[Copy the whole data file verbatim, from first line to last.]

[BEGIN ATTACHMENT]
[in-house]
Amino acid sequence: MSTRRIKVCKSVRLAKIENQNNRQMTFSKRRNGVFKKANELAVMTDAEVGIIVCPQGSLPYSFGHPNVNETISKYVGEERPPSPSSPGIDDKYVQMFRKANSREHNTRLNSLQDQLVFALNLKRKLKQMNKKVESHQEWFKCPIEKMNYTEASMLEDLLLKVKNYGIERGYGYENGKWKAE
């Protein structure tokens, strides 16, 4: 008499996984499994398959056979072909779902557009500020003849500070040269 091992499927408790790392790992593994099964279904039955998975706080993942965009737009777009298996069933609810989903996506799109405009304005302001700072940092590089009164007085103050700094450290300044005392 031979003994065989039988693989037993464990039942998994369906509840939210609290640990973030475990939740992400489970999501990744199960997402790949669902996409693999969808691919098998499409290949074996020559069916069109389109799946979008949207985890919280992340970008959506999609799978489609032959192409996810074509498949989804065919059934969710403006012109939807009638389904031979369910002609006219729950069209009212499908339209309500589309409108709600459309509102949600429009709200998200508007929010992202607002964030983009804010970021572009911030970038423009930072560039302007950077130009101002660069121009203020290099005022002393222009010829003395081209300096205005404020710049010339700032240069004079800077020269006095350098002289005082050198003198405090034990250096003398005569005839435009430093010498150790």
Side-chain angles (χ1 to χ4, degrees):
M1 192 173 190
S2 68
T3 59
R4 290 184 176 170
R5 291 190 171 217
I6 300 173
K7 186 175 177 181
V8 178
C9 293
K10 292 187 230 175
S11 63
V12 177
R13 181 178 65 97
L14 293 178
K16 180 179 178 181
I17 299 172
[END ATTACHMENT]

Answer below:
[in-house]
Amino acid sequence: MSTRRIKVCKSVRLAKIENQNNRQMTFSKRRNGVFKKANELAVMTDAEVGIIVCPQGSLPYSFGHPNVNETISKYVGEERPPSPSSPGIDDKYVQMFRKANSREHNTRLNSLQDQLVFALNLKRKLKQMNKKVESHQEWFKCPIEKMNYTEASMLEDLLLKVKNYGIERGYGYENGKWKAE
């Protein structure tokens, strides 16, 4: 008499996984499994398959056979072909779902557009500020003849500070040269 091992499927408790790392790992593994099964279904039955998975706080993942965009737009777009298996069933609810989903996506799109405009304005302001700072940092590089009164007085103050700094450290300044005392 031979003994065989039988693989037993464990039942998994369906509840939210609290640990973030475990939740992400489970999501990744199960997402790949669902996409693999969808691919098998499409290949074996020559069916069109389109799946979008949207985890919280992340970008959506999609799978489609032959192409996810074509498949989804065919059934969710403006012109939807009638389904031979369910002609006219729950069209009212499908339209309500589309409108709600459309509102949600429009709200998200508007929010992202607002964030983009804010970021572009911030970038423009930072560039302007950077130009101002660069121009203020290099005022002393222009010829003395081209300096205005404020710049010339700032240069004079800077020269006095350098002289005082050198003198405090034990250096003398005569005839435009430093010498150790």
Side-chain angles (χ1 to χ4, degrees):
M1 192 173 190
S2 68
T3 59
R4 290 184 176 170
R5 291 190 171 217
I6 300 173
K7 186 175 177 181
V8 178
C9 293
K10 292 187 230 175
S11 63
V12 177
R13 181 178 65 97
L14 293 178
K16 180 179 178 181
I17 299 172